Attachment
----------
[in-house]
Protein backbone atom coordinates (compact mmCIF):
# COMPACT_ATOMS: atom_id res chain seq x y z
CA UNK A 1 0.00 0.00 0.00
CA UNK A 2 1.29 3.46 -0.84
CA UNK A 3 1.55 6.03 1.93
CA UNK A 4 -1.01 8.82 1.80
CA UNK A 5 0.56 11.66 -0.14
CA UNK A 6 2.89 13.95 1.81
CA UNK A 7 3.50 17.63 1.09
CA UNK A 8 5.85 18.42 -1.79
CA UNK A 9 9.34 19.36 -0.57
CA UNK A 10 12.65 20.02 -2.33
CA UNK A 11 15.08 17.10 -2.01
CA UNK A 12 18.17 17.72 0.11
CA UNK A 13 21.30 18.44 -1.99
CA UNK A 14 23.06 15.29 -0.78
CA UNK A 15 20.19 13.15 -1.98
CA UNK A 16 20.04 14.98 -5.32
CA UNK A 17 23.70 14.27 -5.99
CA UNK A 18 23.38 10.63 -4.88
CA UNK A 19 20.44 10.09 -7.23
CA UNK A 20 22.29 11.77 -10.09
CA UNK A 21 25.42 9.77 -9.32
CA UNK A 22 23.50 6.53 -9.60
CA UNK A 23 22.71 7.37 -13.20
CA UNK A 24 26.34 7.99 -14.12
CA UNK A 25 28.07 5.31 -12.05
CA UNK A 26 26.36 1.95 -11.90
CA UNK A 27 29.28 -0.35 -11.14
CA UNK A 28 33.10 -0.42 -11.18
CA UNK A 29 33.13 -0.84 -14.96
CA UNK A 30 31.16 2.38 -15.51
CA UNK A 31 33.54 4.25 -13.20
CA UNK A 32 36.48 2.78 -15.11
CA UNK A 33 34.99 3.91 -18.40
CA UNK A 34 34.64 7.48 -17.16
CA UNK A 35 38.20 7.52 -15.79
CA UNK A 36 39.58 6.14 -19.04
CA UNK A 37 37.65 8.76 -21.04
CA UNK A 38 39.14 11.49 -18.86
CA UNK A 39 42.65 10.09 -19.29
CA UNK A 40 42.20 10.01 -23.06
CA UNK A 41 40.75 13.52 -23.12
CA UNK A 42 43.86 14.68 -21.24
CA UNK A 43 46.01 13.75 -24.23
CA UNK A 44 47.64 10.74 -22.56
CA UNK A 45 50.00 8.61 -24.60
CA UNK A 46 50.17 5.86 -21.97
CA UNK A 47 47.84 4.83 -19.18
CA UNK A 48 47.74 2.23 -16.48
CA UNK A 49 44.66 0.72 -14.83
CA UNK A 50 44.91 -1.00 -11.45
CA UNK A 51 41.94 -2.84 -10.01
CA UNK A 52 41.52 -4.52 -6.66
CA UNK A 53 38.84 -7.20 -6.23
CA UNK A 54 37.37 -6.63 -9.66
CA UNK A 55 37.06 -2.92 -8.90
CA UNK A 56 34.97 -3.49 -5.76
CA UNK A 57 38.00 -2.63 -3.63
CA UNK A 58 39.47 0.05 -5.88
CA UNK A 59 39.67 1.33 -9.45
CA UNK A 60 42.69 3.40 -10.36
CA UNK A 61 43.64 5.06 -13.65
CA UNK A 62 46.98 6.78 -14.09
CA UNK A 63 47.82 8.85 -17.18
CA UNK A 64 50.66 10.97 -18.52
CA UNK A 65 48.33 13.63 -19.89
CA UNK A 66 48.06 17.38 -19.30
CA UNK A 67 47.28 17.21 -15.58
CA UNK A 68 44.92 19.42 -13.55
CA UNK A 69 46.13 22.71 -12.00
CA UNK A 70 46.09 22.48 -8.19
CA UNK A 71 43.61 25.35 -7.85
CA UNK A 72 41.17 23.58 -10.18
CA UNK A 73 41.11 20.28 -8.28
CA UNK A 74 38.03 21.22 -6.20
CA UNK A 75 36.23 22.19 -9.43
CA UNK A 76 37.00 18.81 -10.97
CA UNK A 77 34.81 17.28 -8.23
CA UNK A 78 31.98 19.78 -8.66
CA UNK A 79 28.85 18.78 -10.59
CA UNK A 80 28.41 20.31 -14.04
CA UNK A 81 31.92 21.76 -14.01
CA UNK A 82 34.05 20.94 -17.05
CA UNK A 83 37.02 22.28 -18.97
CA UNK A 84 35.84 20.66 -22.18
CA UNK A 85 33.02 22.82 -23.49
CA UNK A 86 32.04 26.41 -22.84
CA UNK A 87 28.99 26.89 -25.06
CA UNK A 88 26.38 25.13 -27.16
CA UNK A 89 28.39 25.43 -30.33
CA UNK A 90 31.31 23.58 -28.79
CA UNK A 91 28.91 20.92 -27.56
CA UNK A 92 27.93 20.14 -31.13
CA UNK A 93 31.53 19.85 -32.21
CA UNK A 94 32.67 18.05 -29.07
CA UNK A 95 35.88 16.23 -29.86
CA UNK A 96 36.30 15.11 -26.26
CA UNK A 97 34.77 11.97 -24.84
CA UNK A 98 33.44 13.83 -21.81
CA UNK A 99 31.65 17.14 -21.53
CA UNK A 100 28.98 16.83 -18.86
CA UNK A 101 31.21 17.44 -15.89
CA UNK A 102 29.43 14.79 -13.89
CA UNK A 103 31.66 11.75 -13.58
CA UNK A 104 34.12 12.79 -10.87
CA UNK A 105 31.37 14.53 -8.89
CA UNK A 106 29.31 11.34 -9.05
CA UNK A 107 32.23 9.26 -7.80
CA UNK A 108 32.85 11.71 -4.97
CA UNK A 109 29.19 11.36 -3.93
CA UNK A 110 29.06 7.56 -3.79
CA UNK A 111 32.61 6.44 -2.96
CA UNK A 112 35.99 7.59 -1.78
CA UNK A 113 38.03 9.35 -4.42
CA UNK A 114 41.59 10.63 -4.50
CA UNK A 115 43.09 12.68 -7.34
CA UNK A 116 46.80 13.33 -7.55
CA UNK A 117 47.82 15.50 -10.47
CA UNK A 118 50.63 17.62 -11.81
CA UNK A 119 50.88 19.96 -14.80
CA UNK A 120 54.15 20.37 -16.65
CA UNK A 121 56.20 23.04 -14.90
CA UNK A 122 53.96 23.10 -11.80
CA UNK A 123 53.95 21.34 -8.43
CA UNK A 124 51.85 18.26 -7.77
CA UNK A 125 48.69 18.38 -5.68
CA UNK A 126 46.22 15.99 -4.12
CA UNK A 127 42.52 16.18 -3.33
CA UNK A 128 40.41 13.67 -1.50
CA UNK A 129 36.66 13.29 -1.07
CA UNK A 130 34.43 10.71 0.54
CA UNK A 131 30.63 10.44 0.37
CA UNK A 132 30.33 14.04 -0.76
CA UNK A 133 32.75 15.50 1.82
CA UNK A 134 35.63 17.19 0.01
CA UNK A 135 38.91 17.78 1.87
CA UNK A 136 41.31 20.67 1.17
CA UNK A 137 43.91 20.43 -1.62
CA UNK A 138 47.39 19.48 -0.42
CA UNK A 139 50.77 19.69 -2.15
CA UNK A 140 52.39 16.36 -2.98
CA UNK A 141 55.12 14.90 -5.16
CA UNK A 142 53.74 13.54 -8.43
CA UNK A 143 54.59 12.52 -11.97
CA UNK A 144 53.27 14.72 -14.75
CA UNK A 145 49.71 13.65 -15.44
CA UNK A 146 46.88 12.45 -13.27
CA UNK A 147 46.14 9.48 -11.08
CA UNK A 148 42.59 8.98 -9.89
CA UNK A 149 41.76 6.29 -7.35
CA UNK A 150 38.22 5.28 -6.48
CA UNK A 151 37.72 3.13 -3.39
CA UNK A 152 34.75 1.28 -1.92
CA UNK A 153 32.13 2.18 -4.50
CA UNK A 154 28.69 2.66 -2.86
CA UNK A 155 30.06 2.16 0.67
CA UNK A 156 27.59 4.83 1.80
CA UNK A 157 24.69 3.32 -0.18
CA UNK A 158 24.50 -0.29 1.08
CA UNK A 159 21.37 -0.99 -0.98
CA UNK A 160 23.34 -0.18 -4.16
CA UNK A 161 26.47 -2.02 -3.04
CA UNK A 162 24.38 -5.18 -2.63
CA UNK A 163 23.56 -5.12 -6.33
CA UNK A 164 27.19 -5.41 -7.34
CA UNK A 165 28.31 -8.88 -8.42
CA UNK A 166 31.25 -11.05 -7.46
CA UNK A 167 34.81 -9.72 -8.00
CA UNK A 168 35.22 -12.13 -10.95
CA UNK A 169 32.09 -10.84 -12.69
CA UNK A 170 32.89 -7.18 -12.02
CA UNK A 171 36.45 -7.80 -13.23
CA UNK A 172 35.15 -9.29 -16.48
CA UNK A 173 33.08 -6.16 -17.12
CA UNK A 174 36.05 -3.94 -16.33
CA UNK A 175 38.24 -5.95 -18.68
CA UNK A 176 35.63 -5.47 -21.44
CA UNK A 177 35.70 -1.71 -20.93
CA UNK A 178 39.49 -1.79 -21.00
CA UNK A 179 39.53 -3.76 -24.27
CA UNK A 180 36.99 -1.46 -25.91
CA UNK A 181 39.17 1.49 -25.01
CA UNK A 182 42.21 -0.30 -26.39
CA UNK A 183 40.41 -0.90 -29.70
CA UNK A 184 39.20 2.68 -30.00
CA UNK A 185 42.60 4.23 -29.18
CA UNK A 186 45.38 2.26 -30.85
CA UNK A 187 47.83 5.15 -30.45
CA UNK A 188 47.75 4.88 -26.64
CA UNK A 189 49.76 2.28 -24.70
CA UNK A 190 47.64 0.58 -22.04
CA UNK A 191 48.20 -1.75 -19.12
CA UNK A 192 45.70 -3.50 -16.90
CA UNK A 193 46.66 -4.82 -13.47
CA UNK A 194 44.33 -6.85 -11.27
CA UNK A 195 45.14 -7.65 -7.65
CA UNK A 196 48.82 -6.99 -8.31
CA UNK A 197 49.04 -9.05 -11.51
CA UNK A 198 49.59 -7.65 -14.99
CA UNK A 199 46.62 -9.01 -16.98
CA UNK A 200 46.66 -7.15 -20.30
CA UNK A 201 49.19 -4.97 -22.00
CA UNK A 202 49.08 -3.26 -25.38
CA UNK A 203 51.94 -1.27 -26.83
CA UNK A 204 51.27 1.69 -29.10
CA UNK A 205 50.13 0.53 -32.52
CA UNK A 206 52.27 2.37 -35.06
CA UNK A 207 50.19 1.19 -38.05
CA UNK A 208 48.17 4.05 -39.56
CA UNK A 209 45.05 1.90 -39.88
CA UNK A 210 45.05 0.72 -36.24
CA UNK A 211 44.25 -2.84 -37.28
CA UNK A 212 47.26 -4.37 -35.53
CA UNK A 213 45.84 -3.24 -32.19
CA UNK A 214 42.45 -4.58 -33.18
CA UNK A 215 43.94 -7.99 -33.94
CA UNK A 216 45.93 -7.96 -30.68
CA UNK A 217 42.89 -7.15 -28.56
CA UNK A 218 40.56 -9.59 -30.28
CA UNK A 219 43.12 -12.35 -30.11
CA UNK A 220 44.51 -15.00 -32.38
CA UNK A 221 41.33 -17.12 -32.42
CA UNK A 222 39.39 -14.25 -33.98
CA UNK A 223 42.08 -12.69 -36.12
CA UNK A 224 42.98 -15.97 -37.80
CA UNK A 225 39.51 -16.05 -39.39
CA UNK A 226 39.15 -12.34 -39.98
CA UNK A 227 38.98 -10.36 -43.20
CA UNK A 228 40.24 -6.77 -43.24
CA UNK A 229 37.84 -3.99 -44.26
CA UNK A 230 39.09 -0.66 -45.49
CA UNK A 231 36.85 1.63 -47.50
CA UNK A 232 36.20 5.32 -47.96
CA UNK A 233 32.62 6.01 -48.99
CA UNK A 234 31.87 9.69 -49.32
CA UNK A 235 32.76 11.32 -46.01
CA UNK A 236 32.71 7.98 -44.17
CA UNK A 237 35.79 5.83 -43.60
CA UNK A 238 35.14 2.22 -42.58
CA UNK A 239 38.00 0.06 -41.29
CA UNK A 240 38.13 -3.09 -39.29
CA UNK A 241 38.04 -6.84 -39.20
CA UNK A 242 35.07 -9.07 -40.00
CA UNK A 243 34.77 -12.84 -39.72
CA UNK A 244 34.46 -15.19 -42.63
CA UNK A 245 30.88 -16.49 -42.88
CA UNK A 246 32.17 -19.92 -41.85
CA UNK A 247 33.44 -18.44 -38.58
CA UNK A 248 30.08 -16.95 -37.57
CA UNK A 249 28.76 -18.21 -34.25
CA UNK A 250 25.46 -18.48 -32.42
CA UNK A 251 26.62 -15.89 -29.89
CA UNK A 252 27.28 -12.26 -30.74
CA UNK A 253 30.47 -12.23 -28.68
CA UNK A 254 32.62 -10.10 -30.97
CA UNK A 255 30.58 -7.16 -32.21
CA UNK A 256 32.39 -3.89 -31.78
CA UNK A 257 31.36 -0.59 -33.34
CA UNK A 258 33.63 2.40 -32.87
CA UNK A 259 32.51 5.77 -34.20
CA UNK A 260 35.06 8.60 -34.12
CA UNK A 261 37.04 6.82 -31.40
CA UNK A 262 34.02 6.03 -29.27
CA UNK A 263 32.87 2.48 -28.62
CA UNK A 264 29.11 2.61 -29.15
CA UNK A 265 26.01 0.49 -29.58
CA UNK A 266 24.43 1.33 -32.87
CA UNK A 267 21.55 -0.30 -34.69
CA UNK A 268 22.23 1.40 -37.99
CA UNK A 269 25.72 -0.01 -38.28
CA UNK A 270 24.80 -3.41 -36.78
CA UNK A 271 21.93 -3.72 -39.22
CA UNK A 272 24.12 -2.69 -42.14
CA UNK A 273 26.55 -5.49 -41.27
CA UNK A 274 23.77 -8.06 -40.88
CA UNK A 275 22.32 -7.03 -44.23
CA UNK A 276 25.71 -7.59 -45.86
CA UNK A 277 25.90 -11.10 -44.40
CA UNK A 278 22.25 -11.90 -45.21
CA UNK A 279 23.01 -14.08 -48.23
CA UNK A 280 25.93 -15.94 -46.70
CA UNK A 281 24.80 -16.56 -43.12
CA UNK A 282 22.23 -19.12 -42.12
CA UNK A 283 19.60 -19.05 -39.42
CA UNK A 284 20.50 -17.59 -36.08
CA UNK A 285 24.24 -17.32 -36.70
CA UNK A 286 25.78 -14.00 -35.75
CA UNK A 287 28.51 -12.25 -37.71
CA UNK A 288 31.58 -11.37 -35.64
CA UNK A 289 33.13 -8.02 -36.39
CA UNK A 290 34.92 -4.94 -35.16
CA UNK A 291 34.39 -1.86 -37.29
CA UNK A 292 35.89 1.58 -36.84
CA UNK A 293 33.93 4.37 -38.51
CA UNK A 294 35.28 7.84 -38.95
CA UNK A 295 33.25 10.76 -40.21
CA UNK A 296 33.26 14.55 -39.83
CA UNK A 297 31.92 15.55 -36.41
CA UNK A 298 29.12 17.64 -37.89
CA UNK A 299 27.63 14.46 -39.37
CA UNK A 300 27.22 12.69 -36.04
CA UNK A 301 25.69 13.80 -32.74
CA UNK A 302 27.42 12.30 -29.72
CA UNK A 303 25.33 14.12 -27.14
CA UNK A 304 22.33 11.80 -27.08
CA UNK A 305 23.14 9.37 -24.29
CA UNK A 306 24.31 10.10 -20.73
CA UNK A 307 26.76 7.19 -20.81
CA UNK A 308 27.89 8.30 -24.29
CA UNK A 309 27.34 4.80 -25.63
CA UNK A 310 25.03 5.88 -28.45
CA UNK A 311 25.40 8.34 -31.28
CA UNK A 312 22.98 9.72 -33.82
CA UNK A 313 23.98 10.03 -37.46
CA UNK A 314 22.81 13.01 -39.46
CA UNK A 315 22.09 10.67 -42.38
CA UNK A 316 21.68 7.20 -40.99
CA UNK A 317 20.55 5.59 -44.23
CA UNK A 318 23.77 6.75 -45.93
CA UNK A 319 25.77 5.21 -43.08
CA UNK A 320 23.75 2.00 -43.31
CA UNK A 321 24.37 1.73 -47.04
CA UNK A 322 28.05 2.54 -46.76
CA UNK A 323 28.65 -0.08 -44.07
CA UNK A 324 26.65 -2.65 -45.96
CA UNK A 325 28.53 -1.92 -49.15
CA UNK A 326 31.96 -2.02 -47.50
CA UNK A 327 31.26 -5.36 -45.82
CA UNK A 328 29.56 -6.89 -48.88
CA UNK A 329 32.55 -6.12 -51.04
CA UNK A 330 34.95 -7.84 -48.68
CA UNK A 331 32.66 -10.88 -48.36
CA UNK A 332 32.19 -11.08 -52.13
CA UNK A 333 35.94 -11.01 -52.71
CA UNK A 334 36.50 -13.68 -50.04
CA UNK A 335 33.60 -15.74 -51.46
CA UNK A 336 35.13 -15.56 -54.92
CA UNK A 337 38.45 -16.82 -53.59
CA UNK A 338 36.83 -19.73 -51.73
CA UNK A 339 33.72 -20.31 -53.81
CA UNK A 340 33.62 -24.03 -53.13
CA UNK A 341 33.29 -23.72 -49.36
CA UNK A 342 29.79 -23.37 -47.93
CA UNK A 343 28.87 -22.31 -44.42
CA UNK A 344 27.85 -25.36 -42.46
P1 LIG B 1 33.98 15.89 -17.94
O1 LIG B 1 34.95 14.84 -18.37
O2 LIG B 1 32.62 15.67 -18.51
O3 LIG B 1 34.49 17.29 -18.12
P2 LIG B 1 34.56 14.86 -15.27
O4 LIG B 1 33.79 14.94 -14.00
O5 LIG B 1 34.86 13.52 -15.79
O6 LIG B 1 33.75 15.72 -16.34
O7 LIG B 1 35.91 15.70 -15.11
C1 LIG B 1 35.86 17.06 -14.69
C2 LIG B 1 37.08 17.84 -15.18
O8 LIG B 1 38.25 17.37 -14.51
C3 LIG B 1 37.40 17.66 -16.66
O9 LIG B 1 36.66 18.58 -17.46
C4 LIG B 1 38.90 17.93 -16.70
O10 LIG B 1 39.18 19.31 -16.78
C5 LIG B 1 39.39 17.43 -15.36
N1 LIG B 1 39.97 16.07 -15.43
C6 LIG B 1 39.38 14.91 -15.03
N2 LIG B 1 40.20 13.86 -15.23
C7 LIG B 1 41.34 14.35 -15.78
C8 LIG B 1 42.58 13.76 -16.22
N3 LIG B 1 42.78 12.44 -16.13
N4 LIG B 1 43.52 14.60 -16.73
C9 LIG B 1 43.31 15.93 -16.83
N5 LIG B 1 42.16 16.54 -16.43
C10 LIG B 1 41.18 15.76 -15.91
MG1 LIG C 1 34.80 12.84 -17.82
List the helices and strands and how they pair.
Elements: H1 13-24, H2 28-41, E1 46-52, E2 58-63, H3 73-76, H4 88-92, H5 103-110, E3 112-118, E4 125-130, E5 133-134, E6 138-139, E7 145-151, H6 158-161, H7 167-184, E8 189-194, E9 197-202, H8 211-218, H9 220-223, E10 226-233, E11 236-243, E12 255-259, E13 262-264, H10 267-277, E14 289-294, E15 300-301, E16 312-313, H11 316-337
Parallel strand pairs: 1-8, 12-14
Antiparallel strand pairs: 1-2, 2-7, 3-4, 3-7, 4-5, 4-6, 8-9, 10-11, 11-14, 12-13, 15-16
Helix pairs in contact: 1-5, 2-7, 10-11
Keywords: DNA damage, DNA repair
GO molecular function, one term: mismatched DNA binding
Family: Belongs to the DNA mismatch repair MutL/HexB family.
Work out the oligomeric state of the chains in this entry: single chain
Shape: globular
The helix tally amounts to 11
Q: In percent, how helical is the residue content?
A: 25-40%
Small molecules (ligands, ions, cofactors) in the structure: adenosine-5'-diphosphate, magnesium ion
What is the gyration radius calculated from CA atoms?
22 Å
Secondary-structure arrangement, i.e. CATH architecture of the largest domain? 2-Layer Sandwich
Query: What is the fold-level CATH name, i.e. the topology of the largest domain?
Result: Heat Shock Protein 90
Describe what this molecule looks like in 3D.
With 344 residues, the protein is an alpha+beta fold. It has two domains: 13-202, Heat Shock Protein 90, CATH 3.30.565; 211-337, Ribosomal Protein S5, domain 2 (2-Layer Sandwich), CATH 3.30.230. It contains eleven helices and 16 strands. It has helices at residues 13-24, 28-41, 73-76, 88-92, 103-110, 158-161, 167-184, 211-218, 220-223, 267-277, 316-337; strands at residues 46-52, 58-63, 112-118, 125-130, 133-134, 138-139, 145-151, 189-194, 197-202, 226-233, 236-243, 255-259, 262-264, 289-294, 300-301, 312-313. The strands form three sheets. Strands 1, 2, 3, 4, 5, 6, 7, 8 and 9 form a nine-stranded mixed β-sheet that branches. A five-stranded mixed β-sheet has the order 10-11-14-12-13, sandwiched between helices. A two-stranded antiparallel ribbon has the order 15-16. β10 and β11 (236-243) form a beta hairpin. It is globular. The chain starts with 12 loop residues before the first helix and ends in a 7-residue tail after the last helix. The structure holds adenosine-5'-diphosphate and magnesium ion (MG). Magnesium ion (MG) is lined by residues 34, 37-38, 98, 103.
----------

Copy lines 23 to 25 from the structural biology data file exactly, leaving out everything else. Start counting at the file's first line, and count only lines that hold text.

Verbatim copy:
CA UNK A 20 22.29 11.77 -10.09
CA UNK A 21 25.42 9.77 -9.32
CA UNK A 22 23.50 6.53 -9.60